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Old 06-13-2005, 05:33 PM   #11
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The vet gave me a set of those things to try on Nemo when we first adopted him because he would claw at everything. He would walk funny when they were on. I think beacuse he knew that they were on. He just doesn't like anything touching him, except for a person petting him of course. Thankfully the vet took them off for us because he sure didn't like them.
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Old 06-13-2005, 06:00 PM   #12
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Filing and trimming are a lot more work/money than the vinyl covers just because the covers last a while and the filing has to be done every week or so. If you can take the time to file/trim, then you can take the time to glue.

I'm not going to spend $ to take them to a groomer to do this; I don't have a disposable income to throw at a groomer for something I can do at home.

I spoke to my neighbor and she said it would probably be akin to a woman wearing fake nails; after a while you get used to them.

All said though, I'm curious to hear from people who have actually used them instead of speculation about how they might affect the cat (not that I mind hearing people's opinions).
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Old 06-14-2005, 04:18 AM   #13
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Quote:
Originally Posted by QTOFFER
A former co-worker brings his blue-point Siamese to a groomer to have her nails trimmed every couple of weeks. He told me that the pros can do in minutes what would take him hours - with little, or no spilled human blood! :P
I dunno...it takes me about 3 minutes to trim all the claws on one of my cats.
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Old 06-14-2005, 09:15 AM   #14
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Wow, you just don't get things like that in the UK!!

We trim our two boys claws when they get a bit long, takes no time at all and as long as two of us do it (one to hold the cat and one to trim) and we talk to them when we're doing it, they don't mind.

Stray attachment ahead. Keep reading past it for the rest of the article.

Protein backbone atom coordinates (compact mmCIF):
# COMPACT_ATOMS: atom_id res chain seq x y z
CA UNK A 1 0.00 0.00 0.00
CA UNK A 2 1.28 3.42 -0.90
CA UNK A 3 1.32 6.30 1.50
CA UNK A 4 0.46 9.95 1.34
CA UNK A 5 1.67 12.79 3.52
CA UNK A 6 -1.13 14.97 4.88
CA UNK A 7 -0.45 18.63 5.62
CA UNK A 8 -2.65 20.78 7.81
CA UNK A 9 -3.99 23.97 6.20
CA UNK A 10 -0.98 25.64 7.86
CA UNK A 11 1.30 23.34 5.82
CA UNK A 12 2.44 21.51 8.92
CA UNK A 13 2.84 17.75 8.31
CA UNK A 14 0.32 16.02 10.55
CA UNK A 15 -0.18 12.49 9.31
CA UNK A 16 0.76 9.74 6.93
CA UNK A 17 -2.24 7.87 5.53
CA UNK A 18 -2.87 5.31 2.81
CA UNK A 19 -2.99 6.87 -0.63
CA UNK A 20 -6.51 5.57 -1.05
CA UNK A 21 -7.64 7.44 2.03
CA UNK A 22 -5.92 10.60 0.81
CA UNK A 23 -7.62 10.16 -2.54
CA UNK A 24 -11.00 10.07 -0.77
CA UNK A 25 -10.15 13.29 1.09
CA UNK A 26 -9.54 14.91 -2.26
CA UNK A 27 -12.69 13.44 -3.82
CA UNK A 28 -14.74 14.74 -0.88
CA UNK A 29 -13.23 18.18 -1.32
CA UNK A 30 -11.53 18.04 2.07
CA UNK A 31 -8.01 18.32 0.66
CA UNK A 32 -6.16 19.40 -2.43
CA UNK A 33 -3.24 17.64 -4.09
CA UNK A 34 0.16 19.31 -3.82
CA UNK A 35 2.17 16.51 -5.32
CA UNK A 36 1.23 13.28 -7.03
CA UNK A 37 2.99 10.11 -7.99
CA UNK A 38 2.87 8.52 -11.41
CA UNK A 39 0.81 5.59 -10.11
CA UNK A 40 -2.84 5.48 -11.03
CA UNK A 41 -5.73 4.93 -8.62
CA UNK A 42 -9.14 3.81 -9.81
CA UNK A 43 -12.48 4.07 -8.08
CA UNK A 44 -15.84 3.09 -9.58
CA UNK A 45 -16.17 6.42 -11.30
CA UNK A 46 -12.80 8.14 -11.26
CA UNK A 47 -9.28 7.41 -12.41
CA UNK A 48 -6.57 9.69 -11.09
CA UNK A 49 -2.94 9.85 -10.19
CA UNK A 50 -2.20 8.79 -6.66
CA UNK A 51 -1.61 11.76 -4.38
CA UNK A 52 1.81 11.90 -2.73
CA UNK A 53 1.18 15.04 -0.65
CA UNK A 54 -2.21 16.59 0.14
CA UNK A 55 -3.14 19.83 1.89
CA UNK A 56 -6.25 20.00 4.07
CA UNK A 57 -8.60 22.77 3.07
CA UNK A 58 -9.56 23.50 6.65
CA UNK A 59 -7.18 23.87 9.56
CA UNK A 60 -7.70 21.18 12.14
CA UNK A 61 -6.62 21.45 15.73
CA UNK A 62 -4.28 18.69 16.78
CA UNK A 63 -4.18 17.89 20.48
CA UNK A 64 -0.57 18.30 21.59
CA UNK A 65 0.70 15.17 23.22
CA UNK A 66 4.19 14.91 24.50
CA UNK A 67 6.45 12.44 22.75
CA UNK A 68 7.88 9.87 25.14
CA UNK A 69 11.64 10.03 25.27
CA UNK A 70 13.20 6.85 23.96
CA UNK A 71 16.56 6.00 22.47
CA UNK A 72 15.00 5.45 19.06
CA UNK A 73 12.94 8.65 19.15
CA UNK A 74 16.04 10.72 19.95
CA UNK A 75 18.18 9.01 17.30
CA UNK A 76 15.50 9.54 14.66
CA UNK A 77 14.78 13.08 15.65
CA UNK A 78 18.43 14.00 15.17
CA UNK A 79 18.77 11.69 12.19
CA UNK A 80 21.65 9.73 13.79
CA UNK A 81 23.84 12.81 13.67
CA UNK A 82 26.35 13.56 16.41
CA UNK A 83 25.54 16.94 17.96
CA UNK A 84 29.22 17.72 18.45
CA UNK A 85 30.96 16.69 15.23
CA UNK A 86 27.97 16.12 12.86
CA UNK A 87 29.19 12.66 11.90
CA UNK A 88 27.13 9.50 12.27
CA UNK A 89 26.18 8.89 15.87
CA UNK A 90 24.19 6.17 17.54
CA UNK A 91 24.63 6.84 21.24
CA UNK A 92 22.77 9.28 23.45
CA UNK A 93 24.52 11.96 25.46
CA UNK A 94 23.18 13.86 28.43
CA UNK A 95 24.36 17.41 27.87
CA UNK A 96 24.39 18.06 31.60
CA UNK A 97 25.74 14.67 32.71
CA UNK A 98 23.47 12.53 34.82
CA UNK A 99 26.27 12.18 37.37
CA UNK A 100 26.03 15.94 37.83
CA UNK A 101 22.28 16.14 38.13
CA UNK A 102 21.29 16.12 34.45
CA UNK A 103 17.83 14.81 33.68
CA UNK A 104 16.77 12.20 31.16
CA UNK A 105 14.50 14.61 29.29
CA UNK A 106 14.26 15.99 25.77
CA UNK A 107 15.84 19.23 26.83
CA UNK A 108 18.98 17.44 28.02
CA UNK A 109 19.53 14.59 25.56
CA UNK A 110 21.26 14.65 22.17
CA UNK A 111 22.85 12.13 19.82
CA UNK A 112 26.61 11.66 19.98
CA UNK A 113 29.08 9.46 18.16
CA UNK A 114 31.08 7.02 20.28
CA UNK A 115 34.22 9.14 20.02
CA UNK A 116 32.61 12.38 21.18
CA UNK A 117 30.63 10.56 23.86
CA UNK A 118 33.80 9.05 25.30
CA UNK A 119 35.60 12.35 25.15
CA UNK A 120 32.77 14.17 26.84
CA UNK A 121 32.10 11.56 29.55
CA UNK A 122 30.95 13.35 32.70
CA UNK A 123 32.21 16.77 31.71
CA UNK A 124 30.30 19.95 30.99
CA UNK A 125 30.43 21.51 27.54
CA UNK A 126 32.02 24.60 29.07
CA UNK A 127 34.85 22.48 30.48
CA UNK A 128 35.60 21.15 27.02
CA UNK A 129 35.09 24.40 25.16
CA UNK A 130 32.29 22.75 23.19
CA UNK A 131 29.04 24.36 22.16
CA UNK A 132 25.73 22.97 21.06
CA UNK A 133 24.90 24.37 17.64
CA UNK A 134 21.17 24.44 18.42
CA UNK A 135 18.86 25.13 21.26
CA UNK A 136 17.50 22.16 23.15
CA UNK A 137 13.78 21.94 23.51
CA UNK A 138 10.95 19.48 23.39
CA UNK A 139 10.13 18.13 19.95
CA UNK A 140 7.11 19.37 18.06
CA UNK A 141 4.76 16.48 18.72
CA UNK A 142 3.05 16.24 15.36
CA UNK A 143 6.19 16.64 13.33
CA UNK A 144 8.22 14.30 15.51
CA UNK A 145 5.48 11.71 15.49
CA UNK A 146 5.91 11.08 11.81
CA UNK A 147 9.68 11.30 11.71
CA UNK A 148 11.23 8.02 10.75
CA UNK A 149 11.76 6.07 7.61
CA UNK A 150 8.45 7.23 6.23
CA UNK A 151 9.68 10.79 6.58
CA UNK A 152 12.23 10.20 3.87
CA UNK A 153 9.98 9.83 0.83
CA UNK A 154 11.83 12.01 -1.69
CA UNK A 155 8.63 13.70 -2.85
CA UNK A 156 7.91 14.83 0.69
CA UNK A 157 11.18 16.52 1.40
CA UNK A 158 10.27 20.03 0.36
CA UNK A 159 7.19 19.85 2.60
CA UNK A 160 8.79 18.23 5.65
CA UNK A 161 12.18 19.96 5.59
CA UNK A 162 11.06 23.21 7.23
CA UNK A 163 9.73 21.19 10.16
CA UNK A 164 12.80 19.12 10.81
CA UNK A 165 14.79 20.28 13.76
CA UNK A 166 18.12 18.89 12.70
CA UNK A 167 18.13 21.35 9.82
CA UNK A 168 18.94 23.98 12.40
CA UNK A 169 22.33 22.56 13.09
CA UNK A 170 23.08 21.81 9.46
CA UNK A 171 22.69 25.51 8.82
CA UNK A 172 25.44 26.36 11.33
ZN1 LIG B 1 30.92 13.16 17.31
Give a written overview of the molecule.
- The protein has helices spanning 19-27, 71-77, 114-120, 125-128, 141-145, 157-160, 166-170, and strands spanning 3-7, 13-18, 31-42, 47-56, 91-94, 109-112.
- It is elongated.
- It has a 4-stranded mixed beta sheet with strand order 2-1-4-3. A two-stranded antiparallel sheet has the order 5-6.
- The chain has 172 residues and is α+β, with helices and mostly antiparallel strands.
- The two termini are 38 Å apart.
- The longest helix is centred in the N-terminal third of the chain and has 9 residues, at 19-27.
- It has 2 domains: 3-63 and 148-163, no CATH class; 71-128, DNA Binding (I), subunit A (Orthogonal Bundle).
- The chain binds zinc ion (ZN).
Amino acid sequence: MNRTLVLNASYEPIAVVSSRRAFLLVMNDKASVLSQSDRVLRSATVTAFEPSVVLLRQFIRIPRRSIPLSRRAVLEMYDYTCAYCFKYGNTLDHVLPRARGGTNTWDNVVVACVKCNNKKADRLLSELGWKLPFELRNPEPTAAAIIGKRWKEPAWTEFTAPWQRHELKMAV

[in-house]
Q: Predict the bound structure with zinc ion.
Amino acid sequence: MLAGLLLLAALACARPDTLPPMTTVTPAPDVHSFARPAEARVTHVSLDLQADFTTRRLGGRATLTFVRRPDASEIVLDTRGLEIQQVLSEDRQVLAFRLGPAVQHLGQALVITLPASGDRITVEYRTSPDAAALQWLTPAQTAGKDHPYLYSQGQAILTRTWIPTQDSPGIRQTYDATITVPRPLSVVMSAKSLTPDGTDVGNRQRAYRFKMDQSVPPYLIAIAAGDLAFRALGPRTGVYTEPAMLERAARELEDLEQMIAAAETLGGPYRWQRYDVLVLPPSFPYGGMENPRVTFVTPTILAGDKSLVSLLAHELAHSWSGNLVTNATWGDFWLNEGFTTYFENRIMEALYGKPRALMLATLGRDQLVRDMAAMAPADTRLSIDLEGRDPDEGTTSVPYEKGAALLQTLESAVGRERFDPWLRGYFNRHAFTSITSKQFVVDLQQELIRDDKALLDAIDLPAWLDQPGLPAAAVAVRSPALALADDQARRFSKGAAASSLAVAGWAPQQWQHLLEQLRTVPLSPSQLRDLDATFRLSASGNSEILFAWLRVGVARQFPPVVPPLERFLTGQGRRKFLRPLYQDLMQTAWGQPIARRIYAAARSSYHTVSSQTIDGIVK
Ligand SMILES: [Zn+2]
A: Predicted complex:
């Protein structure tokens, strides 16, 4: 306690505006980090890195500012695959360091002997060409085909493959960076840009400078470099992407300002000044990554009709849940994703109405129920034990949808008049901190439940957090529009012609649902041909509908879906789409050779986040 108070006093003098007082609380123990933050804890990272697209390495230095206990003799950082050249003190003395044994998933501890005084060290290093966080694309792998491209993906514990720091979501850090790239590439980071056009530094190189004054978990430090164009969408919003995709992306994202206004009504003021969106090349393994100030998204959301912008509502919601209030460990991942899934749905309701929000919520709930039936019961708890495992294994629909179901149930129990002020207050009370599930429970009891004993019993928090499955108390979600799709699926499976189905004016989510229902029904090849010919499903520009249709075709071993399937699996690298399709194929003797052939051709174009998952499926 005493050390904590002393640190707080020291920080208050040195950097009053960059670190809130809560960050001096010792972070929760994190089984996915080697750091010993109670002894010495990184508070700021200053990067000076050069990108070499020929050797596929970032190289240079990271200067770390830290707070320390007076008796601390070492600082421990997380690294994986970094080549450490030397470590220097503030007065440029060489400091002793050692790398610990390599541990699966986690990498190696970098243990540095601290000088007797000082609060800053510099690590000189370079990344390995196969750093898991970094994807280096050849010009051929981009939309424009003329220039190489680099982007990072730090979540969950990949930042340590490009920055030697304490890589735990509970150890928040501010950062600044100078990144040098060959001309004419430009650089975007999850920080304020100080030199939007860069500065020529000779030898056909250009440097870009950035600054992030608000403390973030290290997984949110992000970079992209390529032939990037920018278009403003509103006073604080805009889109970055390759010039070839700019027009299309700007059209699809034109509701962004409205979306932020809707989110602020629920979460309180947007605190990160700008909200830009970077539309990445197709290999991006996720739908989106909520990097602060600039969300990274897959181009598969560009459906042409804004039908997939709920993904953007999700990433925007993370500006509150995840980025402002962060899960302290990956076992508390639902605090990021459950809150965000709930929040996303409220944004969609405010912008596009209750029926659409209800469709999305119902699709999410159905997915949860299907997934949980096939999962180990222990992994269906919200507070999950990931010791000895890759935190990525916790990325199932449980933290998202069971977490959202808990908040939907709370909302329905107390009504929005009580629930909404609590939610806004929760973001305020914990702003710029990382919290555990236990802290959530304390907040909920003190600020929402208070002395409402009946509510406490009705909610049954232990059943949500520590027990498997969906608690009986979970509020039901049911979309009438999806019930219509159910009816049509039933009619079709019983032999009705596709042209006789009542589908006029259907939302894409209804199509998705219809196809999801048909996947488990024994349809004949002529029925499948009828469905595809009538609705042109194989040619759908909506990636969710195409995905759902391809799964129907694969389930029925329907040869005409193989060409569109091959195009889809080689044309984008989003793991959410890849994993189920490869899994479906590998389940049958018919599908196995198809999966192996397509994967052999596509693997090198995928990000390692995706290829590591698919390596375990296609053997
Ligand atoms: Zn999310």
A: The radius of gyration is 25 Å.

Having seem some of the things my two can chew through, I don't think they would last 4-6 weeks especially if they are just vinyl.

Carol
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Old 06-14-2005, 11:27 AM   #15
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My mine concern is my one year old getting her eyes scratched out. Even by trimming and filing, the claws ar still sharp enough to do some damage. My cat is fairly territorial and will scratch at anybody coming within inches of him as a warning. He also likes to grab people walking by the couch while he is hiding under it. He does not discriminate between somebody who has thick enough skin to withstand his playful antics and that of a one year old child who sees him as a fuzzy, walking toy who does not understand (until it is too late) that he can cause pain.

At this point I'm thinking that it really depends on the cat as to whether they are effective or not. If they do not work, he's either going to have to find a new home or lose his front claws. I do not want to do either, but his willingness to scratch at the face of my daughter makes it necessary. It would be different if he was only scratching at me or just clawing the furniture; I can defend myself and the furniture feels very little pain. She has no way of knowing what type of permanent damage he can potentially dole out and doesn't stay away from him because of it.